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Importing and Plotting a GRIB file

When you first start Metview, you will see something like this:

This sort of window is called a Metview desktop.

 Click here for files to download...

Download the icons for this session from the link below. Create a sub-directory called training inside your Metview home directory, $HOME/metview, and save the .tar.gz file there. Then, from Metview, navigate to this folder and right-click on the tar.gz icon; choose Extract to uncompress the files into their folder. Work from there. The main instructions are written for participants of the Data analysis and visualisation using Metview training course at ECMWF. Any files to be copied from the file system will also be downloadable from this page.

  File Modified
ZIP Archive a simple visualisation.tar.gz Sep 08, 2016 by Iain Russell
File t1000.grb Sep 06, 2016 by Iain Russell



To get started, copy a GRIB data file into your Metview directory (~/metview); if you are attending the training course at ECMWF, then you should carefully type the following command in a terminal window:

 cp ~trx/mv_data/t1000.grb $HOME/metview/training/day_1

If you navigate Metview to the training/day_1 you should now see a new GRIB icon in your Metview window:

If it does not appear immediately, press F5 (or View | Reload).

Move the icon into the folder 'a simple visualisation' by dragging and dropping it there. Enter the folder and do this exercise there.

When you right-click on an icon, a context-sensitive menu appears.


Choose examine to quickly see the structure of the GRIB file.

It contains multiple fields, each listed in the left-hand panel of the GRIB Examiner. We will look more closely at this tool later, but for now close it.

To visualise this data, right-click on its icon and select visualise. You will now see the Display Window. Its toolbars can all be moved, docked, undocked and hidden to suit your preferences.


To the right of the zoom buttons should be the Antialias button. When active, a smoothing is applied to the lines in the plot – it is worth doing although it comes at the cost of a small amount of plotting speed. This setting will be remembered the next time you visualise data. Note that the antialiasing is not carried through to the various export image formats (see later) – it is active only in the interactive window.

Zooming in a Plot

The diagram to the left shows the Zoom toolbar at the top of the Display Window. Click the Zoom button to enter ‘zoom mode’. Now you can select an area by dragging with the left mouse button. You can zoom in as many times as you like. In order to ‘undo’ or ‘redo’ a zoom, click the Zoom out or Zoom in buttons respectively. The Zoom stack provides quick visual access to the current zoom history. Notice that when a new area is selected, the contours are recalculated - you see more detail as you zoom into a smaller area; you may also see more detailed coastlines.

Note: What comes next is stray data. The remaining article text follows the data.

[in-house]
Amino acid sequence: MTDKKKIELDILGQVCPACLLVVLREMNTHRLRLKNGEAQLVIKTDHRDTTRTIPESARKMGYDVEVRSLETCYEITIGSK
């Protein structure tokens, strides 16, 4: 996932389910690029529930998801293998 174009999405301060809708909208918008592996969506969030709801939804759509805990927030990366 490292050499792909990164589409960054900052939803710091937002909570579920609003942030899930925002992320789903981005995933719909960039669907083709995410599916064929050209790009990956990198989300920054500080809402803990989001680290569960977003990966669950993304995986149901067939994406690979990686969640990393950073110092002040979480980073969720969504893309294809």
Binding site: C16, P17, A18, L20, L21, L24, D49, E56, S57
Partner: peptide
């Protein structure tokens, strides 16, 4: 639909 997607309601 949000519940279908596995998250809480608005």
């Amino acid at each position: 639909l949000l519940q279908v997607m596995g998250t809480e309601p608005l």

Using the Magnifier

The Magnifier button in the toolbar toggles the magnifier tool on and off. Unlike Zoom, this is a purely graphical enlargement of the plot. It is used mainly to inspect small text such as contour labels. The magnifying glass can be moved and resized using the mouse, and the magnification scale on its left-hand side can also be adjusted.


Animation Steps

The Frames tab to the right of the plot shows the set of fields contained in the GRIB file. You can move between fields by clicking within this tab, by using the animation control buttons or by using the cursor keys. Note that each plot is computed only when you select a field. Generated plots are cached, indicated in the Frames tab through shading. This can quicken their rendering when the plots are complex. Note that modifying the plot in any way (such as zooming) clears the cache.


Layer Meta-data

There are three tabs in this panel - Frames, Layers and Data. We will look at Layers soon, but for now select the Data tab.

This reveals a page of meta-data for the current layer, including a histogram.

We will investigate these features in more detail later, but for now close the Display Window.

Cursor Data

The Cursor Data button in the toolbar toggles a panel which follows the mouse cursor. Click with the left mouse button to 'dock' or 'undock' this floating panel. It provides information about the data point closest to the mouse cursor.


Extra Work

Making best use of the space

The toolbar at the top of the Display Window contains controls for resizing the plot, and for hiding the sidebar panel at the right of the window. Use these to maximise the plot area.

Controlling the animation

Try the animation controls at the top of the Display Window and play with the speed settings.




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